- Transaction expenses and price deceleration increase risk of loss in short term resales
- Houses favoured over units due to scarcity value
- Buyers should act with due diligence, says Pete Wargent
As the property market continues to go from strength-to-strength, buyers are cautioned against buying to flip under the guise of making a quick buck.
Pete Wargent, co-founder of BuyersBuyers, said buyers tend to pursue fast gains during the market cycle peak and expects the trend to continue in the current peak.
However, Mr Wargent warns buyers to be mindful of the risks associated with flipping a property during a hot market, including high costs of trade work and materials.
“The media headlines have reported such trends lately in the U.S. as speculators have turned to online apps and algorithms to help them flip properties quickly, hopeful of a quick profit, but shortcomings in the models and processes have seen many come unstuck.”
Pete Wargent, co-founder of BuyersBuyers
Mr Wargent remained confident in the value of technology and algorithms in assisting buyers in choosing areas to buy into and obtaining property valuations, but maintains that purchasing property is a more complex process.
“Real estate is a local asset, and buyers need to follow a systematic process when buying, ensuring they cover off all of the required due diligence,” he said.
Transaction costs emptying wallets
CEO of Riskwise Property Research Doron Peleg said one such risk associated with renovating to sell is transaction costs.
These costs are acquired during purchase and sale and can include stamp duty and agent’s fees, making property resale an expensive venture.
According to Mr Peleg, 5 to 10% of properties are sold for a nominal loss despite the average duration of property ownership trending upwards.
“Recently due to low stock levels owners have feared being unable to execute a suitable move, and the average holding period for houses is now more than a decade across most parts of Australia.”
Doron Peleg, CEO of Riskwise Property Research
Mr Peleg said while most nominal losses recorded in the statistics fall under new property purchases that have depreciated over time, it can also often refer to fast resales.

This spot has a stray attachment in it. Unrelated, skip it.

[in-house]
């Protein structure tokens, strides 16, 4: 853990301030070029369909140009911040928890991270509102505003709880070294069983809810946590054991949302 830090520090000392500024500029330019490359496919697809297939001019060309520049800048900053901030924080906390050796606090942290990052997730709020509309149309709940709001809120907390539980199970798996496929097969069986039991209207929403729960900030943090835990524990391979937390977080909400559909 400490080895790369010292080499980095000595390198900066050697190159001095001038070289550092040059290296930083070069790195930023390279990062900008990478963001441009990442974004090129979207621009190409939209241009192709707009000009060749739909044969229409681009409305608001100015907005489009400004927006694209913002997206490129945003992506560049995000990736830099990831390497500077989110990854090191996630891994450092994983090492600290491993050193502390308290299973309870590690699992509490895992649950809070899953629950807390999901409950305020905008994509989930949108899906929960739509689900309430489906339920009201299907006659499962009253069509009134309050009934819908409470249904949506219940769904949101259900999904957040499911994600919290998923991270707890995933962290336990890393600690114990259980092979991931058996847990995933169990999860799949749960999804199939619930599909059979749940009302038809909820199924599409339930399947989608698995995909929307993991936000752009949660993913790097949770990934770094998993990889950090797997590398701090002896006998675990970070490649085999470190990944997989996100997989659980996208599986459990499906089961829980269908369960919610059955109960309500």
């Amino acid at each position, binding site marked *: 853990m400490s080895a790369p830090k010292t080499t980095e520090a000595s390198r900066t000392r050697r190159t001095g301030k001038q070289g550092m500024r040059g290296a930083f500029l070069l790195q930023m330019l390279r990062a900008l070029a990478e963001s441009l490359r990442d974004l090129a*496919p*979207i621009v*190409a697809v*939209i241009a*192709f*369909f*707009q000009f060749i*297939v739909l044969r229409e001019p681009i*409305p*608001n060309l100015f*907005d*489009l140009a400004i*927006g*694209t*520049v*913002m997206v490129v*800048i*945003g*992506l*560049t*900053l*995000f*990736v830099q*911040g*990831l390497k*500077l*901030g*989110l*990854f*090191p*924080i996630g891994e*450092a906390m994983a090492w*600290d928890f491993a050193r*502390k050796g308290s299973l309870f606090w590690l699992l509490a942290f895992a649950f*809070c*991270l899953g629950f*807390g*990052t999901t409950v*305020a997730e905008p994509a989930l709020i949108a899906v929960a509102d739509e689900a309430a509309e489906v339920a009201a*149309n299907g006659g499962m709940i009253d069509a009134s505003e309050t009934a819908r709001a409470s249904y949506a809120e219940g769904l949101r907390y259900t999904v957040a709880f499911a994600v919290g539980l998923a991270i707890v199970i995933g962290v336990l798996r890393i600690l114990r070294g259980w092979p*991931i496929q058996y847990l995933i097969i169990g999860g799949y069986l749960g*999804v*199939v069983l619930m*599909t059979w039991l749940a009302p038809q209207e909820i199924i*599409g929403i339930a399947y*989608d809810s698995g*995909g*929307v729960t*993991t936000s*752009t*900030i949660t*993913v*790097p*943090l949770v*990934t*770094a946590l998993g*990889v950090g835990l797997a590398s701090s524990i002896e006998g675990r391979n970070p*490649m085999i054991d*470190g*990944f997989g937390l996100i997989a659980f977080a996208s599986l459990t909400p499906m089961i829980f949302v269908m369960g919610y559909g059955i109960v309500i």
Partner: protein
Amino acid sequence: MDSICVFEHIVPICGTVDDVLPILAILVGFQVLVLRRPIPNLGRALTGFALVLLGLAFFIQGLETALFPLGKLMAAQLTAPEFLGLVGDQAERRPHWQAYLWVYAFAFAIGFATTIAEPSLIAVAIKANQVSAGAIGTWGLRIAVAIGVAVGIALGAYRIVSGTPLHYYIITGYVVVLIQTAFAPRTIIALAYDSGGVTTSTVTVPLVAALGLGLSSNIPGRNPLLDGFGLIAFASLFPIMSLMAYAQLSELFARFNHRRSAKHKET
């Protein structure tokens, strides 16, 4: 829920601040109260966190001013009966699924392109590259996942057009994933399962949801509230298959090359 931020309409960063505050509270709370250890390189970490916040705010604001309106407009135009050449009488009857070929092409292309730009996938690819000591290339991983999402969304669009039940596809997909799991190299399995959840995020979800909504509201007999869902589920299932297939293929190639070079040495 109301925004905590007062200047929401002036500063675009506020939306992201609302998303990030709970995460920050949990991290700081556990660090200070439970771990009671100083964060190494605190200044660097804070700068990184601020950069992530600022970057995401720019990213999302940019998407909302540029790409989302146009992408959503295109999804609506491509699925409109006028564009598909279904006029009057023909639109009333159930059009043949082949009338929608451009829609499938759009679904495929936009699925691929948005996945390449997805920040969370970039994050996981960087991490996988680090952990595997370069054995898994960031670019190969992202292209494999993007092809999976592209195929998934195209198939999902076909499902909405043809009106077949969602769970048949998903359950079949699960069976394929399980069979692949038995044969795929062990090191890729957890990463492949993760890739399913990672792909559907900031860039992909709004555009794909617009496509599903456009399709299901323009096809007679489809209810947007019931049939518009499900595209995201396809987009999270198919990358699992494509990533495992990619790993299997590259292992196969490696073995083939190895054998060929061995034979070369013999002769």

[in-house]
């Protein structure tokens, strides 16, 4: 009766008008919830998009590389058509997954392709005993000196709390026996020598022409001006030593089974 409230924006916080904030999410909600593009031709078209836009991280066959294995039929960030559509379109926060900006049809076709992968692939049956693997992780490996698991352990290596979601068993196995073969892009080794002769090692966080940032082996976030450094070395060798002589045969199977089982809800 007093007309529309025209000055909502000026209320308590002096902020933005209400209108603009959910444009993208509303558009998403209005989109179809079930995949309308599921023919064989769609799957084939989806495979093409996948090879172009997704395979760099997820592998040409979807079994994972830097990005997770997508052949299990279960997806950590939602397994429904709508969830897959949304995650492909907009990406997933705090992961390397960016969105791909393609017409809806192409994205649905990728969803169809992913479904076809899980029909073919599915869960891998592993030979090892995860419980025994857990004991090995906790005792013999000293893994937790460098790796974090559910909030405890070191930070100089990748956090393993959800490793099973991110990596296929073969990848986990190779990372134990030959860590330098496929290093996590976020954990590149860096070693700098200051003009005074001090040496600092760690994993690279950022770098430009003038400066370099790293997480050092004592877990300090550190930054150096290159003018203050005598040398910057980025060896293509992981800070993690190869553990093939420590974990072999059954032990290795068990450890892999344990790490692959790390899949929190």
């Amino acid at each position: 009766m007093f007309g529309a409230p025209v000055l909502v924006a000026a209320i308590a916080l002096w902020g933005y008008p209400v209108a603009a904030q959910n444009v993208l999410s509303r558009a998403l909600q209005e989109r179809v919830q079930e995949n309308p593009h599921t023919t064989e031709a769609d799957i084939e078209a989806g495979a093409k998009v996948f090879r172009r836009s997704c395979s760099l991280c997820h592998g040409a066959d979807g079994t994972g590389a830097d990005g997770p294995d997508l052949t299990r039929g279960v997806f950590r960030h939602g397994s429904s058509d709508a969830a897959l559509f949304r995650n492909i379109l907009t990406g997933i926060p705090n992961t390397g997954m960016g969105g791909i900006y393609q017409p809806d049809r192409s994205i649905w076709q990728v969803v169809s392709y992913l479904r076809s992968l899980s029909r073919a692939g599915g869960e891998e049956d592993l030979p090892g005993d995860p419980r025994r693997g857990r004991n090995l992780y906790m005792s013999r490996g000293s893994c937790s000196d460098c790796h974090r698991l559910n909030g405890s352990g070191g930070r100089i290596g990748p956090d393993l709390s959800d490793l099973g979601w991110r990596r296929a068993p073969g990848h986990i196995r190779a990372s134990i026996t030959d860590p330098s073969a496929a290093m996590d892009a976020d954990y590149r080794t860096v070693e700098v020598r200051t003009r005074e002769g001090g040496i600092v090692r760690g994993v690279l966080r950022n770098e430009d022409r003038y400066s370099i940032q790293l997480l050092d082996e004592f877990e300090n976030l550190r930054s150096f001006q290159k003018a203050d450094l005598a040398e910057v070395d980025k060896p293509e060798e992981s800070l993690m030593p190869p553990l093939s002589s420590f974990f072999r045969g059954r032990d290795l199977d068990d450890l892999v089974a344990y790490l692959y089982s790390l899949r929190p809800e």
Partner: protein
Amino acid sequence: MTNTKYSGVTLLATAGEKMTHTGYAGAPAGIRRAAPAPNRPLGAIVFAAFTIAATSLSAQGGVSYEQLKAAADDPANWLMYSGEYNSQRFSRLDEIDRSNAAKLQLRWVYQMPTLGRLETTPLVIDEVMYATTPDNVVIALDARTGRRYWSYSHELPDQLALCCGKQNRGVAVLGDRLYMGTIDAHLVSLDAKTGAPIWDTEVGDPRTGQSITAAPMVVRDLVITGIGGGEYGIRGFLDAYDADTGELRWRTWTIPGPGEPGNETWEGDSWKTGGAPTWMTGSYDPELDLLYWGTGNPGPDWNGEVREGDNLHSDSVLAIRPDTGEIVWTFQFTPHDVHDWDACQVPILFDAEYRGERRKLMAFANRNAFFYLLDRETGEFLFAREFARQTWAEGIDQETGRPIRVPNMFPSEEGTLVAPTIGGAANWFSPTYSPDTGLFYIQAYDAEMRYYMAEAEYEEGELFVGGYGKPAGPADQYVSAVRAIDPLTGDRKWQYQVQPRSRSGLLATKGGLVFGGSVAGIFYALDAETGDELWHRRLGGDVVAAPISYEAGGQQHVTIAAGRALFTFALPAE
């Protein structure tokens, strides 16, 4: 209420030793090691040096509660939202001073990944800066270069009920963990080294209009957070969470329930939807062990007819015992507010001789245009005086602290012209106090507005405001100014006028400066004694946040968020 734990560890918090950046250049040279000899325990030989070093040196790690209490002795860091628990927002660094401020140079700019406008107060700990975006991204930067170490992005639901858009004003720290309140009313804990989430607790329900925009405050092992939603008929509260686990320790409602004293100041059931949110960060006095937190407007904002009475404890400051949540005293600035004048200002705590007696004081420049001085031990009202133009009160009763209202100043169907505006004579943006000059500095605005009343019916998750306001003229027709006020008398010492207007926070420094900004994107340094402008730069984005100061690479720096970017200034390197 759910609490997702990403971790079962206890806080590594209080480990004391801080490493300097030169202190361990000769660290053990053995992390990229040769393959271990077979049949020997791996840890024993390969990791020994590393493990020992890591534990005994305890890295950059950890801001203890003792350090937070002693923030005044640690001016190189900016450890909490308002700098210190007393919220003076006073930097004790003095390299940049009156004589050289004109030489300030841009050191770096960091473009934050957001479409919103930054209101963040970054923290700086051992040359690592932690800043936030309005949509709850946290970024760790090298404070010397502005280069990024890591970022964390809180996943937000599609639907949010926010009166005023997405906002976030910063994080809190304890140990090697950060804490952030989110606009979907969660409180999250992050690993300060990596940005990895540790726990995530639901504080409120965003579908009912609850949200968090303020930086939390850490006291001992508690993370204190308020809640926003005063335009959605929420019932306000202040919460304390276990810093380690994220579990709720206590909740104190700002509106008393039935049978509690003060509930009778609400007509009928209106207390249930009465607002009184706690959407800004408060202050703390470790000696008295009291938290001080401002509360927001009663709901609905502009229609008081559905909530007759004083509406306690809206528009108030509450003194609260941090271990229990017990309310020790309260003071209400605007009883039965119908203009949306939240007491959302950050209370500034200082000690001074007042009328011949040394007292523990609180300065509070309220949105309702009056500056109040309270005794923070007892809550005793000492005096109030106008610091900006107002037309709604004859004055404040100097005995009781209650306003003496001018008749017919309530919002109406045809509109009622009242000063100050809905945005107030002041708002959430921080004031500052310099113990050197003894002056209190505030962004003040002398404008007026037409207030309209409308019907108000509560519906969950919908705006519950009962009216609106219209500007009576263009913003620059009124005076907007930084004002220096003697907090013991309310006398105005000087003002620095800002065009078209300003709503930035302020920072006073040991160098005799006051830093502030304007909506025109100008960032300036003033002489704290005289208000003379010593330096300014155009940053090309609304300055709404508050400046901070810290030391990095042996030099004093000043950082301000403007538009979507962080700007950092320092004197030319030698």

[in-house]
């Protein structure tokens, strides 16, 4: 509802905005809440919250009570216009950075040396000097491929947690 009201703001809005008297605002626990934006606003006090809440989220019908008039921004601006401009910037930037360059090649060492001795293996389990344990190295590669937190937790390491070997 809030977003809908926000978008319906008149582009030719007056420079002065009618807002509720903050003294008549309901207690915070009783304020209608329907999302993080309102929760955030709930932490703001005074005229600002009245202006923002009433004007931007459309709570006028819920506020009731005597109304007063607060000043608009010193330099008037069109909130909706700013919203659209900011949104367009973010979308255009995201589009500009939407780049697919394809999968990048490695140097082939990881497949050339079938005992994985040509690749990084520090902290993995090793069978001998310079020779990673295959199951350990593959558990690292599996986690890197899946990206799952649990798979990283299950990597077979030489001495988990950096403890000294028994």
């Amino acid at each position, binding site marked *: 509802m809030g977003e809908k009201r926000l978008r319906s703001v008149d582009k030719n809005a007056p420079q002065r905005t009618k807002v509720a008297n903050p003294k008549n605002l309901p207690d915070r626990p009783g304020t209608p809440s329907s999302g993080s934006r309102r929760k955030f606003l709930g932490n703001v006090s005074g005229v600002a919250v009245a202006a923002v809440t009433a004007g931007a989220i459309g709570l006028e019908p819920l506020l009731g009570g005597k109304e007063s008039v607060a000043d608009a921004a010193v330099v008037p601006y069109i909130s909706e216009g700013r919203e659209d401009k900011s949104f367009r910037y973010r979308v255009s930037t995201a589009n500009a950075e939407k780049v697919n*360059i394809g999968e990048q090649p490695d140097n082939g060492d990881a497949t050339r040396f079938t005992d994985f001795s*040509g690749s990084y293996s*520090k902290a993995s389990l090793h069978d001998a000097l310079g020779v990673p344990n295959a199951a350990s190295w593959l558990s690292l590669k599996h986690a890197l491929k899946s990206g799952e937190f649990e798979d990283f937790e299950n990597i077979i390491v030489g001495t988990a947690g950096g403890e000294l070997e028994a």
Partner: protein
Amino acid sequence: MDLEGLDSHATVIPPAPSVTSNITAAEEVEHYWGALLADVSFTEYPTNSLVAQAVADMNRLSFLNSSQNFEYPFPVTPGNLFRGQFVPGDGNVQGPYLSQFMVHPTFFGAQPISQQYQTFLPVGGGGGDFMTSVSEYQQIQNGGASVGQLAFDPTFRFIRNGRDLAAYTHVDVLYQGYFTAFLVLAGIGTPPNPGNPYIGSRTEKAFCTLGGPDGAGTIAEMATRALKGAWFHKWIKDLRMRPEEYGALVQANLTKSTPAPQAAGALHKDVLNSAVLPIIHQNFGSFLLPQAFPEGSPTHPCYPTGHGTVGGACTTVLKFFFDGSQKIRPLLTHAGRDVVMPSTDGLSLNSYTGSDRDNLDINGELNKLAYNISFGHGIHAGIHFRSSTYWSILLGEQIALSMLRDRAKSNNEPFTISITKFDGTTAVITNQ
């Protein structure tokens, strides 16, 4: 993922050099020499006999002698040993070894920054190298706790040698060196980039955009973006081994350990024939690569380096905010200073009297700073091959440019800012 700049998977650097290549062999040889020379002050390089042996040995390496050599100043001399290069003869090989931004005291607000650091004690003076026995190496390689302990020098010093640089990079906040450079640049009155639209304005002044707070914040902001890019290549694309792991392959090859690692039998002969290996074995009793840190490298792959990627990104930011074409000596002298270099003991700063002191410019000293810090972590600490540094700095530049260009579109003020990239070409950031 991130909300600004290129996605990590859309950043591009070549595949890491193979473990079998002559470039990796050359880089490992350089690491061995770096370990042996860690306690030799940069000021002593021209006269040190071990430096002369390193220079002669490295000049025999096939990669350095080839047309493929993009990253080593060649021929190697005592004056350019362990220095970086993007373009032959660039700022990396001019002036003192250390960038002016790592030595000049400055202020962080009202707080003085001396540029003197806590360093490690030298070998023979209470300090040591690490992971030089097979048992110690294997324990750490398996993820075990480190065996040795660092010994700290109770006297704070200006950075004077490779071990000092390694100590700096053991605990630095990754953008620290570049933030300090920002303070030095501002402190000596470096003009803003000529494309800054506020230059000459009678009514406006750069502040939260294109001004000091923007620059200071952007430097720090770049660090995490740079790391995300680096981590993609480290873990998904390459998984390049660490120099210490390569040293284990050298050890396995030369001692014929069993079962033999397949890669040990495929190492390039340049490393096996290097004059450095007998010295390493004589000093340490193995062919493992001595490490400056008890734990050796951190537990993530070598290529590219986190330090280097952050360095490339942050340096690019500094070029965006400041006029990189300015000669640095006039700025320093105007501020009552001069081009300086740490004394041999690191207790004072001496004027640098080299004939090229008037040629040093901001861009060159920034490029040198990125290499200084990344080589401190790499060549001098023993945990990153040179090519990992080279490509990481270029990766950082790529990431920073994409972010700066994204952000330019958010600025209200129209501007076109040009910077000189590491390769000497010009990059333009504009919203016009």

“For units and apartments around the country, more commonly the purview of younger buyers and investors, the average holding period has been typically somewhat shorter.
“Here too, however, the average tenure of ownership is longer than it once was, with the average holding period for units in the two most mature capital cities, Greater Sydney and Melbourne, now being close to a decade,” Mr Peleg said.
He added that the increasing holding length trend has provided risk reduction for owners, and cautions property flippers to be aware of the costs involved with short term resales.
Houses favoured over units
According to Mr Wargent, houses have typically outperformed units across Australia in terms of capital growth, citing a shortage of prime location land.
Mr Wargent added that houses on the market are scarce especially in sought-after areas close to capital cities.
In contrast, units are often in oversupply and perform poorer than houses as a result of lacking scarcity value.
“Annual rates data show that where owners have retained property for 10 years or more the risk of loss on resale is dramatically reduced.
“Focus on properties with a scarcity value, a high land value content – detached houses where the budget permits for the location you’re interested in – and take a longer-term view,” Mr Wargent said.
Price growth steadying, compounding risks
Mr Wargent expects the property market to remain strong into 2022, however emphasised that the rapid price growth seen during the market peak will continue to decelerate as listings rise and competition thrives.
He added that buyers should not be discouraged from entering the market altogether, but should avoid complete reliance on algorithms if employing a flipping strategy.
“The statistics show that a well-executed purchase at the right price with a properly carried out due diligence process, combined a reasonable time horizon, will greatly reduce or eliminate the risk of capital loss,” Mr Wargent concluded.